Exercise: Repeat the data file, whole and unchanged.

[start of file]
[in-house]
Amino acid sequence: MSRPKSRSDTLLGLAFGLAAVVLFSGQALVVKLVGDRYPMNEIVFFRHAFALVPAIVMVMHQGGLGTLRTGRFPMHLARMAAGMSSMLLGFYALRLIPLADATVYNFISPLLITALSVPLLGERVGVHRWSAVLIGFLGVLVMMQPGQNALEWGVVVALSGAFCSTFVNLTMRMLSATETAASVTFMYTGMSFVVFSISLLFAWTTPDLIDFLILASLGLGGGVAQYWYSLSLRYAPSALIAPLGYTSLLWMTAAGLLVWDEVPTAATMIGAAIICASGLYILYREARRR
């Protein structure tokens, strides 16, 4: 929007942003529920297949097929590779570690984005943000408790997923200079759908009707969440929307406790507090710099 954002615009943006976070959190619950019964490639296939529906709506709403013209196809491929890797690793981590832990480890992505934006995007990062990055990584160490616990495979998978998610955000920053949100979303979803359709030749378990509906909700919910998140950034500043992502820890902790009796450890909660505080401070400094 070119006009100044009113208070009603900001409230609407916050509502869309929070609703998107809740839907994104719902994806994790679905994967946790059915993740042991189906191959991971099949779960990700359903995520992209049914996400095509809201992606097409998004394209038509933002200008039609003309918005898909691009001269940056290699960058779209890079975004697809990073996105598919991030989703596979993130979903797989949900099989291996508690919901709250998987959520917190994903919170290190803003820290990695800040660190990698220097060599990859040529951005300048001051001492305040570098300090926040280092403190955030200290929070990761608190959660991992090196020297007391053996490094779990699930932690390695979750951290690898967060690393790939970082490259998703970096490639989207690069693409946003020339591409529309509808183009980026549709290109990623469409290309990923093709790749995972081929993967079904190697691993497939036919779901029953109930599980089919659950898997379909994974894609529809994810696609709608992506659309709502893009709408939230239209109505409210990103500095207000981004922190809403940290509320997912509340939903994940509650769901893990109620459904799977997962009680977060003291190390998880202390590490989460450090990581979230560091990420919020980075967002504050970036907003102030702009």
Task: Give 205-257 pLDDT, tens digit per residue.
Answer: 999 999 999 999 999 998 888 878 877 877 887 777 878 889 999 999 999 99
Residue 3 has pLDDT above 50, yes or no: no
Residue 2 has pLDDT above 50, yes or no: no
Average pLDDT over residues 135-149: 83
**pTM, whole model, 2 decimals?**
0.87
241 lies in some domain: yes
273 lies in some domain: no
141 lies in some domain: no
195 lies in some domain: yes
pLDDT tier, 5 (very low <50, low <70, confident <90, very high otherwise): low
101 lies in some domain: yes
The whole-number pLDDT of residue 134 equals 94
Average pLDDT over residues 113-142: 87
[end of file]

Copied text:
[in-house]
Amino acid sequence: MSRPKSRSDTLLGLAFGLAAVVLFSGQALVVKLVGDRYPMNEIVFFRHAFALVPAIVMVMHQGGLGTLRTGRFPMHLARMAAGMSSMLLGFYALRLIPLADATVYNFISPLLITALSVPLLGERVGVHRWSAVLIGFLGVLVMMQPGQNALEWGVVVALSGAFCSTFVNLTMRMLSATETAASVTFMYTGMSFVVFSISLLFAWTTPDLIDFLILASLGLGGGVAQYWYSLSLRYAPSALIAPLGYTSLLWMTAAGLLVWDEVPTAATMIGAAIICASGLYILYREARRR
């Protein structure tokens, strides 16, 4: 929007942003529920297949097929590779570690984005943000408790997923200079759908009707969440929307406790507090710099 954002615009943006976070959190619950019964490639296939529906709506709403013209196809491929890797690793981590832990480890992505934006995007990062990055990584160490616990495979998978998610955000920053949100979303979803359709030749378990509906909700919910998140950034500043992502820890902790009796450890909660505080401070400094 070119006009100044009113208070009603900001409230609407916050509502869309929070609703998107809740839907994104719902994806994790679905994967946790059915993740042991189906191959991971099949779960990700359903995520992209049914996400095509809201992606097409998004394209038509933002200008039609003309918005898909691009001269940056290699960058779209890079975004697809990073996105598919991030989703596979993130979903797989949900099989291996508690919901709250998987959520917190994903919170290190803003820290990695800040660190990698220097060599990859040529951005300048001051001492305040570098300090926040280092403190955030200290929070990761608190959660991992090196020297007391053996490094779990699930932690390695979750951290690898967060690393790939970082490259998703970096490639989207690069693409946003020339591409529309509808183009980026549709290109990623469409290309990923093709790749995972081929993967079904190697691993497939036919779901029953109930599980089919659950898997379909994974894609529809994810696609709608992506659309709502893009709408939230239209109505409210990103500095207000981004922190809403940290509320997912509340939903994940509650769901893990109620459904799977997962009680977060003291190390998880202390590490989460450090990581979230560091990420919020980075967002504050970036907003102030702009």
Task: Give 205-257 pLDDT, tens digit per residue.
Answer: 999 999 999 999 999 998 888 878 877 877 887 777 878 889 999 999 999 99
Residue 3 has pLDDT above 50, yes or no: no
Residue 2 has pLDDT above 50, yes or no: no
Average pLDDT over residues 135-149: 83
**pTM, whole model, 2 decimals?**
0.87
241 lies in some domain: yes
273 lies in some domain: no
141 lies in some domain: no
195 lies in some domain: yes
pLDDT tier, 5 (very low <50, low <70, confident <90, very high otherwise): low
101 lies in some domain: yes
The whole-number pLDDT of residue 134 equals 94
Average pLDDT over residues 113-142: 87